But the pipefitting gig didn't last too long once he arrived in the Midwest. The union pipefitters sent him to St. Louis, but there was no work, so he headed to Columbia.
"I'd never even heard of Columbia when I went to St. Louis," Nuccio said. "(The pipefitters) gave me an address; that's how I found Columbia."
Nuccio started work at the MU power plant when he came to Missouri, but he was laid off after about six months. He found work as a doorman at some late-night establishments, including Club Vogue. After taking in the Columbia atmosphere for a while, he decided it was the perfect opportunity to open a bar.
"I realized how cheap Columbia is compared to the East Coast," Nuccio said. "Up there, you've got to have almost a million dollars to open a bar."
While Columbia has some financial perks compared to the East Coast, Nuccio's not a perfect fit here.
"Underground rock 'n' roll bars: This town is pretty alien to that kind of thing," Nuccio said. "Columbia's not a real city yet."
Even though Nuccio left the pipefitting business, Harvey said it definitely shows through in his personality.
"He was a union guy," Harvey said. "He always goes for the underdog. He's got a very old school, blue-collar American attitude."
Although Nuccio doesn't consider himself a politician, this isn't the first time he's talked about becoming a councilman. In 2007, Nuccio announced that he intended to run for the First Ward seat, but he dropped out of the race two days before the filing period. He takes issue with a previous Missourian article in which he was quoted saying his announcement that year was a publicity stunt. Now he says he decided to withdraw so he wouldn't split the votes with Paul Sturtz, who eventually was elected. Nuccio said he also was working on a potential new business opportunity at the time.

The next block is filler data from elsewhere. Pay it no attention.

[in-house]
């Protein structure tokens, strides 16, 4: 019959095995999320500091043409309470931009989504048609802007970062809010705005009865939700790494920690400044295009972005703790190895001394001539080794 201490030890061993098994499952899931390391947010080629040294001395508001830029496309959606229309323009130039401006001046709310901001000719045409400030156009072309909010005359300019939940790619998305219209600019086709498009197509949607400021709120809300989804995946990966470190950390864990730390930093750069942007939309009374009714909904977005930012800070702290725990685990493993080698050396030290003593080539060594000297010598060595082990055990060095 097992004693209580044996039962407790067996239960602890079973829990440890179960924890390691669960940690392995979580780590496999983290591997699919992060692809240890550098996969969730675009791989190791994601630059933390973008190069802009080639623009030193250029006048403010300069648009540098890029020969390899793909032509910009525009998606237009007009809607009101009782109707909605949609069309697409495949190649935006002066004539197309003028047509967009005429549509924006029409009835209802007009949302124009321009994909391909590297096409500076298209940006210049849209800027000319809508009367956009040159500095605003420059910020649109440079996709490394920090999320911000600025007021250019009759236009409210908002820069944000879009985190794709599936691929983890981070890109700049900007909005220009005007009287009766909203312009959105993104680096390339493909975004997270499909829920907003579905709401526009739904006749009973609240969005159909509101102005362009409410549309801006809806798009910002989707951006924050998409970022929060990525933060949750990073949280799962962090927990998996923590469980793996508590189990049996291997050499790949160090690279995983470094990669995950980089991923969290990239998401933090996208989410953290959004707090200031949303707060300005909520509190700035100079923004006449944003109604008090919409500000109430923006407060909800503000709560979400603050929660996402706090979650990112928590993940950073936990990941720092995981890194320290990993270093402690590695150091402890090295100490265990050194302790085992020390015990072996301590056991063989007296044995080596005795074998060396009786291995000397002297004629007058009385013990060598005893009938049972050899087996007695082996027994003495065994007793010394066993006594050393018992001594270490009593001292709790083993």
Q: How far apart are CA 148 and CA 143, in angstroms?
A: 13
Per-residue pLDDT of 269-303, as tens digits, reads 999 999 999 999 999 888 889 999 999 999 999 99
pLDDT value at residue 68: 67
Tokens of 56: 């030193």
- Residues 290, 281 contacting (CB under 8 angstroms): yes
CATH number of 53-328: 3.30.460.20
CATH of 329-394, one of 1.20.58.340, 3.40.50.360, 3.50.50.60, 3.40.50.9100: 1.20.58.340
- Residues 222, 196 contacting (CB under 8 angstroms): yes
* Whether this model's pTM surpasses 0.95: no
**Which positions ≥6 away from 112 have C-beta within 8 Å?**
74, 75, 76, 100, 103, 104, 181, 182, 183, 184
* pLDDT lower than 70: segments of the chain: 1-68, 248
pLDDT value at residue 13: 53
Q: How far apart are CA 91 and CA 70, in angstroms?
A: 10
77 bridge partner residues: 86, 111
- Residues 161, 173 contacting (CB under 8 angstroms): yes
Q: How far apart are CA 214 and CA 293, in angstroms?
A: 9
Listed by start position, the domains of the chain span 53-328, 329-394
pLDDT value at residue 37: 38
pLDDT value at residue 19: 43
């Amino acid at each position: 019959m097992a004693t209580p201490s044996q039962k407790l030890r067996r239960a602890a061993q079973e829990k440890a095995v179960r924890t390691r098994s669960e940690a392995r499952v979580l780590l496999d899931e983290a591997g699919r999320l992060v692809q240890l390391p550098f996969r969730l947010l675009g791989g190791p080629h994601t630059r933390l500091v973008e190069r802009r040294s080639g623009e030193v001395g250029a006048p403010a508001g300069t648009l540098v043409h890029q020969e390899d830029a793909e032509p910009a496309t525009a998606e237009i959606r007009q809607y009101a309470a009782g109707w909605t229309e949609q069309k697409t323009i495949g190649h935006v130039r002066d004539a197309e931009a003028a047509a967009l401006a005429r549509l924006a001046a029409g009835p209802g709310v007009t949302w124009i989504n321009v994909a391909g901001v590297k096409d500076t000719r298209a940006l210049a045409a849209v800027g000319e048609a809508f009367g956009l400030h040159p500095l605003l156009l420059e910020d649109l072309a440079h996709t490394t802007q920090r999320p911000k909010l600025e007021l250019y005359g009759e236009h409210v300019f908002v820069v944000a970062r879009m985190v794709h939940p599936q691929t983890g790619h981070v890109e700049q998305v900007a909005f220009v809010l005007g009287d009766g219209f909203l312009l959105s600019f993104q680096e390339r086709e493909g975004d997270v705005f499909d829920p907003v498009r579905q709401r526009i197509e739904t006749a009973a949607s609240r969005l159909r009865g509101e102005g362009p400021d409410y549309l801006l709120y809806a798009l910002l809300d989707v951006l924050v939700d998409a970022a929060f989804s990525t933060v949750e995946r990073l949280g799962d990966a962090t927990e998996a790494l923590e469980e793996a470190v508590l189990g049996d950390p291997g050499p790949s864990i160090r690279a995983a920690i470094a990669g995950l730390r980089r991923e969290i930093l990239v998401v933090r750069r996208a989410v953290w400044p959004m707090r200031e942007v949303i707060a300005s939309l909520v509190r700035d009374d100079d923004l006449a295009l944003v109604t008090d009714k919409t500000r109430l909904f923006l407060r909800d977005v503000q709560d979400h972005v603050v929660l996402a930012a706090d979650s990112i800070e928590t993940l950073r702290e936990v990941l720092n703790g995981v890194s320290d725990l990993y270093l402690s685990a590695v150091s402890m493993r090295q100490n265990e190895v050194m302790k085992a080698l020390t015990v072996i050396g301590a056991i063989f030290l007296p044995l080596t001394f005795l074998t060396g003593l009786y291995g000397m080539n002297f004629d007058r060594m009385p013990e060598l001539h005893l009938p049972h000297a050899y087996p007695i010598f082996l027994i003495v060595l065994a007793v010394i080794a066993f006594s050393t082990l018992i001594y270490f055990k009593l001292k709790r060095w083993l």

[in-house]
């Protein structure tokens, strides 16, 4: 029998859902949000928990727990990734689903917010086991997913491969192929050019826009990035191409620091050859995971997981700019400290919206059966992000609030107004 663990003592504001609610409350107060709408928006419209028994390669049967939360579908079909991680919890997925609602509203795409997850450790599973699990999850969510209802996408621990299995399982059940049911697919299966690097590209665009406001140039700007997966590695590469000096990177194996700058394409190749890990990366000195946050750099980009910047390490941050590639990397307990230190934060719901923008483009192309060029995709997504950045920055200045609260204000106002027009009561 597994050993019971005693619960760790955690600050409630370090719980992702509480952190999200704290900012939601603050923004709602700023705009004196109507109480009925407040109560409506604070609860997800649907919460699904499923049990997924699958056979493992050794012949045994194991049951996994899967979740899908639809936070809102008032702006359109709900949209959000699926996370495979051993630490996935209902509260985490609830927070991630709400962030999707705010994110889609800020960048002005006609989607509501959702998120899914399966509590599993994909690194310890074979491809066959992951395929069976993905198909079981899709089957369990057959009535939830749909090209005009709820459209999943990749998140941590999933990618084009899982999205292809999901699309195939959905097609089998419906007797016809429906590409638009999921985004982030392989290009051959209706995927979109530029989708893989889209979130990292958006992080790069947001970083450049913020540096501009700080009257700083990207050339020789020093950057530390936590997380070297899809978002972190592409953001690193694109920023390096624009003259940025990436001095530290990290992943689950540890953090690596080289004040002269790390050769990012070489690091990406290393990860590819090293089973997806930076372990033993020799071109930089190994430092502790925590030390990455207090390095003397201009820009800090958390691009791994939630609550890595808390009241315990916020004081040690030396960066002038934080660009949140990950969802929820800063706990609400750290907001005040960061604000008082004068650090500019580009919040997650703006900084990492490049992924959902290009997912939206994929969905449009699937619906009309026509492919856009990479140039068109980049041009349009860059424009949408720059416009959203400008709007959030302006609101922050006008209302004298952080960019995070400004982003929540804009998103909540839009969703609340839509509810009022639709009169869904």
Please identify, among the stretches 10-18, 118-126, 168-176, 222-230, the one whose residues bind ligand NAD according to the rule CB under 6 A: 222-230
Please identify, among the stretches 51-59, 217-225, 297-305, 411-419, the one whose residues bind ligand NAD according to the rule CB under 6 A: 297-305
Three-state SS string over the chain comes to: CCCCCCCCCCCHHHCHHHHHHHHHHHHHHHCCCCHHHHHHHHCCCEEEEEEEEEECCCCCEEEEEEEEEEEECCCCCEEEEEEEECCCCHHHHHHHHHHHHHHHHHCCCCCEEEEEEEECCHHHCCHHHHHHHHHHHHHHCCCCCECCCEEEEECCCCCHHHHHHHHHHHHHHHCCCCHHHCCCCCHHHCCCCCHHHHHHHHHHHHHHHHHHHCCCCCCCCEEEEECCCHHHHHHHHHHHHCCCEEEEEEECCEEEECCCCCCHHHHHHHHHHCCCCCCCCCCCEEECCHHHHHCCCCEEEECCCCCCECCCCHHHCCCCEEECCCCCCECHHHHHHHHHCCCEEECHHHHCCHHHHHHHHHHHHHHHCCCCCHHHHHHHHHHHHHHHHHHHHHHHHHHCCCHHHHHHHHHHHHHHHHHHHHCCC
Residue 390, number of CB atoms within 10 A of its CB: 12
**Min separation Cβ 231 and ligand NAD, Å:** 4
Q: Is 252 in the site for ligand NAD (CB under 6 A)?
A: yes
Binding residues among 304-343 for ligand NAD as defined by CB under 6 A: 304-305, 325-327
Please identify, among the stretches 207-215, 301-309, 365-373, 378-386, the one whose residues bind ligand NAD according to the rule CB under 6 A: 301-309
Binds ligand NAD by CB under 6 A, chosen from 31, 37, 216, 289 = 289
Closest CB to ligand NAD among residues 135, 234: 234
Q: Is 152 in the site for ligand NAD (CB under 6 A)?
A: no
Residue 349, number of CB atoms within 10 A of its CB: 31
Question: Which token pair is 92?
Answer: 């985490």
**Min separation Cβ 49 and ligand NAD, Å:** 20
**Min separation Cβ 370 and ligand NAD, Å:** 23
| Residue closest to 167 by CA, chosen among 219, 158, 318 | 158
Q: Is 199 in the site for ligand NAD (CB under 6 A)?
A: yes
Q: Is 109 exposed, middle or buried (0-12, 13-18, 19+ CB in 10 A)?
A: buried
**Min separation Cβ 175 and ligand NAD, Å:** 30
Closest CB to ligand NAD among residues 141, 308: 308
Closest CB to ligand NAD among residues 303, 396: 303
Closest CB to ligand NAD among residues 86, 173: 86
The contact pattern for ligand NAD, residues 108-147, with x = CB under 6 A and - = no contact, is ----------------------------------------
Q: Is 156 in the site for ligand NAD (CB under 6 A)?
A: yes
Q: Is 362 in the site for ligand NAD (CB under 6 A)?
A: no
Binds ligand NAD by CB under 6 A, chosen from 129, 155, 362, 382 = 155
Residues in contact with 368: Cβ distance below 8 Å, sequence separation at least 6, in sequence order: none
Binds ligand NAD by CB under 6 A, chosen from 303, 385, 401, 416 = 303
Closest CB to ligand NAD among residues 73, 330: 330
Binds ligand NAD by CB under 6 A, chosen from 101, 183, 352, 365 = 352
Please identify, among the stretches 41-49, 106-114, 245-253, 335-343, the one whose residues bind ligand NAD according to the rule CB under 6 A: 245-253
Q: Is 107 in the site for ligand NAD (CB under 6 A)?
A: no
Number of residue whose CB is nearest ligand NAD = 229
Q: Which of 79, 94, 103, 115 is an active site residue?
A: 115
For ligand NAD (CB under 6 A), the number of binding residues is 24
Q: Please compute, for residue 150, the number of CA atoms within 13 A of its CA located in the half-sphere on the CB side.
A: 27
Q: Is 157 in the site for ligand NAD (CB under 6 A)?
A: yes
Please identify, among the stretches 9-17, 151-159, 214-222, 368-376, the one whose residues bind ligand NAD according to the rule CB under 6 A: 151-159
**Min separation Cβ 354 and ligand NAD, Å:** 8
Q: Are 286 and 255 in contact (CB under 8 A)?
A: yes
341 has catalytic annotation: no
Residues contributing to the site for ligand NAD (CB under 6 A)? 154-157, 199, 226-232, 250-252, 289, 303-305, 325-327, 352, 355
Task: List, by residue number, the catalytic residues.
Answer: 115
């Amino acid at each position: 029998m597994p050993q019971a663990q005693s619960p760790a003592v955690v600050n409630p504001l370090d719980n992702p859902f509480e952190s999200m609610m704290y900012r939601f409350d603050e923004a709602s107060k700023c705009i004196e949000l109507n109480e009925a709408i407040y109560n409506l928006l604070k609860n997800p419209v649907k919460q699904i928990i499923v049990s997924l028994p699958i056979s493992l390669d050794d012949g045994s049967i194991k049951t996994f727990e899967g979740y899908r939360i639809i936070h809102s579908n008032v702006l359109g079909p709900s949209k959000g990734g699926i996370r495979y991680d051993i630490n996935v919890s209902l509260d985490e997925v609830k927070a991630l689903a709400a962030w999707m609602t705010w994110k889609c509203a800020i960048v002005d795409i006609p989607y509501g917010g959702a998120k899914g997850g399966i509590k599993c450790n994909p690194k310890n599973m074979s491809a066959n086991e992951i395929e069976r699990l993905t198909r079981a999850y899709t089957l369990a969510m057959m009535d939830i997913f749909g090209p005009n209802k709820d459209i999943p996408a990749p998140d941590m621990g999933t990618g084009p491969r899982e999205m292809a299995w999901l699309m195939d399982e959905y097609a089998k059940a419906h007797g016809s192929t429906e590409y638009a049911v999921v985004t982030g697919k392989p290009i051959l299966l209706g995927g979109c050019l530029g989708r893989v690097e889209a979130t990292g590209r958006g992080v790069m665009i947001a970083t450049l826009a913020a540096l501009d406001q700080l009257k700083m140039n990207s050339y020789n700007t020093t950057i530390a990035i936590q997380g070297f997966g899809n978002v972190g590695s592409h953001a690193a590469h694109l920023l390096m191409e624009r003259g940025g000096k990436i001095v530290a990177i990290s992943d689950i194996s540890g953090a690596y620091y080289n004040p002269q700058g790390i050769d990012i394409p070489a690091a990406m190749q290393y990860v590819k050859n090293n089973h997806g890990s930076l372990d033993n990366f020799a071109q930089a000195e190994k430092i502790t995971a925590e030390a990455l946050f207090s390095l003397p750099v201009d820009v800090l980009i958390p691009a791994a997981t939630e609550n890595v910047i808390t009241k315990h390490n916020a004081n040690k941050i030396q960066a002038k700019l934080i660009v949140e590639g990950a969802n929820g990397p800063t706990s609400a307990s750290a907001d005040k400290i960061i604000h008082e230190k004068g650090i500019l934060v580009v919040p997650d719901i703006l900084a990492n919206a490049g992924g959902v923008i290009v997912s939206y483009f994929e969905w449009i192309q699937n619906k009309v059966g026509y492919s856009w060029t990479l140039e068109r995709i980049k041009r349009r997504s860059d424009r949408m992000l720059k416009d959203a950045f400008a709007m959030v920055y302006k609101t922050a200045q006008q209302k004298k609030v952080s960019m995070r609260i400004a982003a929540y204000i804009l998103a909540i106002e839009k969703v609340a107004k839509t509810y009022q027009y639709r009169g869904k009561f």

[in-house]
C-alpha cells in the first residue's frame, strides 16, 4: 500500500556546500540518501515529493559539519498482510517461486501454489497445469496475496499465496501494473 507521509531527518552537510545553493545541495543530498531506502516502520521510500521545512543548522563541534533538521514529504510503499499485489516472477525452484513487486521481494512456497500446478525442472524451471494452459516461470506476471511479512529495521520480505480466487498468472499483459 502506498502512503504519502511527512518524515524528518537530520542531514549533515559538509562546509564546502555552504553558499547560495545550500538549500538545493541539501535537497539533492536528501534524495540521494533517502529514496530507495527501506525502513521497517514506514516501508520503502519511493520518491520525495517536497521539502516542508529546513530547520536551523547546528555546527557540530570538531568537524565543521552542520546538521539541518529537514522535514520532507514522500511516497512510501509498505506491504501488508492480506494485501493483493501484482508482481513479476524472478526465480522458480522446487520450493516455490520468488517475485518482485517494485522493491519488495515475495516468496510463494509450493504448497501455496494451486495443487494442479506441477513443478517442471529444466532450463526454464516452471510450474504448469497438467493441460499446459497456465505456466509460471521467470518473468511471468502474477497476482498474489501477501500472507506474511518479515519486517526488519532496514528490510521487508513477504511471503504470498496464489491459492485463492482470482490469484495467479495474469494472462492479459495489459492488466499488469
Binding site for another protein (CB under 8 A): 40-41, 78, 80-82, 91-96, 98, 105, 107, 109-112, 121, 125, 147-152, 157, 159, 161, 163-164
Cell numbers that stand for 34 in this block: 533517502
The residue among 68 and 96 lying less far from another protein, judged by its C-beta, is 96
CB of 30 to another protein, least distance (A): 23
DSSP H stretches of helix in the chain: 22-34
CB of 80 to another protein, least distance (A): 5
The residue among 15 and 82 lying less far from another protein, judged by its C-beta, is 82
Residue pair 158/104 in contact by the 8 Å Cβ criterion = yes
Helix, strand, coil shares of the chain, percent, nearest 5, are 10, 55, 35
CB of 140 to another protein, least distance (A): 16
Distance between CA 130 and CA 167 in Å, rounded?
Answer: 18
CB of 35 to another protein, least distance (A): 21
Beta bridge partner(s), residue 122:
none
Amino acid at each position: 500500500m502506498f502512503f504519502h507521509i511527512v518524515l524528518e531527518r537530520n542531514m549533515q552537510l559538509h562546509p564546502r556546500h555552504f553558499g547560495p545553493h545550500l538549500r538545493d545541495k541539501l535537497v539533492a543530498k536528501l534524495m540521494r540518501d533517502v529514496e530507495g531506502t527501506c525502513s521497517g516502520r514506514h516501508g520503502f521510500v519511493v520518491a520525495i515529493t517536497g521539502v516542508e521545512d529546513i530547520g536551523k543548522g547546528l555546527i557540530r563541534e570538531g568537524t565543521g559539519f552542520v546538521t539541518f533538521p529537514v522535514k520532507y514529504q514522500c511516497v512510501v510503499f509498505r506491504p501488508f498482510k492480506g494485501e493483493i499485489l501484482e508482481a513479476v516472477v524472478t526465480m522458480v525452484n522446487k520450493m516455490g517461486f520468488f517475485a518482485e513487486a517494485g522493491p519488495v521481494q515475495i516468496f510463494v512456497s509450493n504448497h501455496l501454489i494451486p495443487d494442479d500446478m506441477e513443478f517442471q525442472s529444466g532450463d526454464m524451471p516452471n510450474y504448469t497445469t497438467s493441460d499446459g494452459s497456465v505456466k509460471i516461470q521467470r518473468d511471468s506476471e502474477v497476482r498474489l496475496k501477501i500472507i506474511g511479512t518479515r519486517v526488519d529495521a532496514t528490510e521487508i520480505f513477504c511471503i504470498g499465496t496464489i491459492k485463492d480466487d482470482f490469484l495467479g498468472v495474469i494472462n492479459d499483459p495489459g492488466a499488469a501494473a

Nuccio announced last fall that he intended to run for mayor. He filed this time, but he has stayed away from candidate forums and has held no campaign events. He's also not fond of reporters asking questions.
"Yeah, I haven't been attending forums, but I deal with hundreds of people a week," Nuccio said. "I don't need the forums to talk to people."
Despite running for public office, it's an understatement to say Nuccio can be difficult to track down and talk to, even with his regular presence in the downtown scene. He schedules interviews to intersect with beer deliveries, and he's often disgruntled and initially rude when a reporter approaches during the evening hours. He'll not shy away from scolding a reporter for talking to other people about him.
Nuccio is not shy about who he is or where he comes from. And he doesn't think the fact that he's running for mayor means it's anyone's business to bother him.
"After a couple months I started to get a headache from it all, so I decided to push it off."